Mobius is pleased to present Chamber of Secrets, a solo exhibition of new works by Sándor Szász curated by Michele Robecchi. The exhibition is on display from December 9th through January 31st.
The imagery of Sándor Szász’s works has most of the time been interpreted as a post-apocalyptic one, thematically connected to the Eastern European space, infested with the Communist system tares. However, an honest look beyond the frame provided by the recent history can bring to the light another perspective. Szász’s art resumes the discussion upon some delicate problems, which are extremely up-to-date, and forces us to consider, without any filters or censorship, fatality as the perpetual mark of human existence.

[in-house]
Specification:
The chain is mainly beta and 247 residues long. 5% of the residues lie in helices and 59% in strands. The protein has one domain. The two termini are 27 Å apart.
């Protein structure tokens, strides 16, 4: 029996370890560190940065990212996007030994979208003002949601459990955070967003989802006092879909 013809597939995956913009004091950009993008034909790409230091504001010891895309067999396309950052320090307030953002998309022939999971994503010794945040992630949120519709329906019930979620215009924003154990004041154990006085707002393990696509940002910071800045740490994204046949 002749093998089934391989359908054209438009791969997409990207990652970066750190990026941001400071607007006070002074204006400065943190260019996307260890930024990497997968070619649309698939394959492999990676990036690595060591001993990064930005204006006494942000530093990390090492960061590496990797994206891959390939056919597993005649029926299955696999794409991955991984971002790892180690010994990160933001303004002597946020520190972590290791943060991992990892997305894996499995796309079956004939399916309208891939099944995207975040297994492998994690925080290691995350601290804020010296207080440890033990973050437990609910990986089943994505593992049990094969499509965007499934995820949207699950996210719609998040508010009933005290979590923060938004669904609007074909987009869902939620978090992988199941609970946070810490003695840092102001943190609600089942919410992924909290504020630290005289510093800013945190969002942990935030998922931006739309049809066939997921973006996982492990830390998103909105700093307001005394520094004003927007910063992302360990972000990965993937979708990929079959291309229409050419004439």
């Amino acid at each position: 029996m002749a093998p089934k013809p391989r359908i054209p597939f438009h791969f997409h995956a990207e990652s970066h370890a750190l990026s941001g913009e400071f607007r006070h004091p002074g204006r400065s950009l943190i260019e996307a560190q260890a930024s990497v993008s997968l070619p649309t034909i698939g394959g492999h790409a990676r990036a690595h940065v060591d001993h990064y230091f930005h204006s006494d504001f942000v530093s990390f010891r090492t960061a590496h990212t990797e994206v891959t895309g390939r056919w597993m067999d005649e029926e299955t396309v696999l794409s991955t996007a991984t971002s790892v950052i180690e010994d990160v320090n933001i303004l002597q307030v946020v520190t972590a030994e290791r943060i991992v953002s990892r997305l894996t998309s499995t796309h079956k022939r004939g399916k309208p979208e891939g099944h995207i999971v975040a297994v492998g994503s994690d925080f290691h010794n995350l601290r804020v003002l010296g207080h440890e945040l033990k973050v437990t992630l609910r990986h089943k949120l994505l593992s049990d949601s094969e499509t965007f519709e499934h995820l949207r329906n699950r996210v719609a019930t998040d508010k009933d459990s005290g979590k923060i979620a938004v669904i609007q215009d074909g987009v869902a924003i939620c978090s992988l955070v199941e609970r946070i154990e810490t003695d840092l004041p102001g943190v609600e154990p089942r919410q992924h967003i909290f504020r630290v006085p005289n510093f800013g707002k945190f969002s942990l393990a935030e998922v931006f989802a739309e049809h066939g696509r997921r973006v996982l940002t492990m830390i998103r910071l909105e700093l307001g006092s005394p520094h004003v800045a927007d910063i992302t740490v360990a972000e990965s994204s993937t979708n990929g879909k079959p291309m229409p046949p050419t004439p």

Apparently contradictory yet surprisingly coherent, Sándor Szász’s paintings present apocalyptic scenarios that, if on the one hand are vaguely reminiscing of the brand of Surrealism made notorious by Francis Picabia, on the other hand, they seem to refer to the imagery of sci-fi cinema. His characters, invariably faceless, live in bleak landscapes enriched by the presence of mysterious relics. It is not clear if these rusty, semi-abandoned, stranded machines or ships constitute an exotic discovery or are instead the cause of these figures’ predicament. What doesn’t change is their collective engagement in some kind of labor that, coupled with the dramatic colors of his palette, render a twisted update of the Eastern-European tradition of realism as a way of chronicling, and often glorifying, the mundane and the universal. The first big difference to notice is that – stunning technique notwithstanding – there is nothing conventionally glorious in what Szász’s represents in his work, if not for a melancholic sense of failure. Unlike the standard propaganda paintings that defined much of the 20th Century, where workers were depicted united in the common goal of erecting a better future, in Szász’s paintings the future is patently dystopian. The atmosphere in works like Kurszk (2011), where a group of men can be seen standing in line in front of a fog-concealed tank waiting either for evacuation or recruitment, or the chillingly titled Symphony of the Orphans (2014), where another group of men in uniform is busy rescuing a casualty while walking in a pond of water in a freshly-destroyed landscape, is unmistakably dark.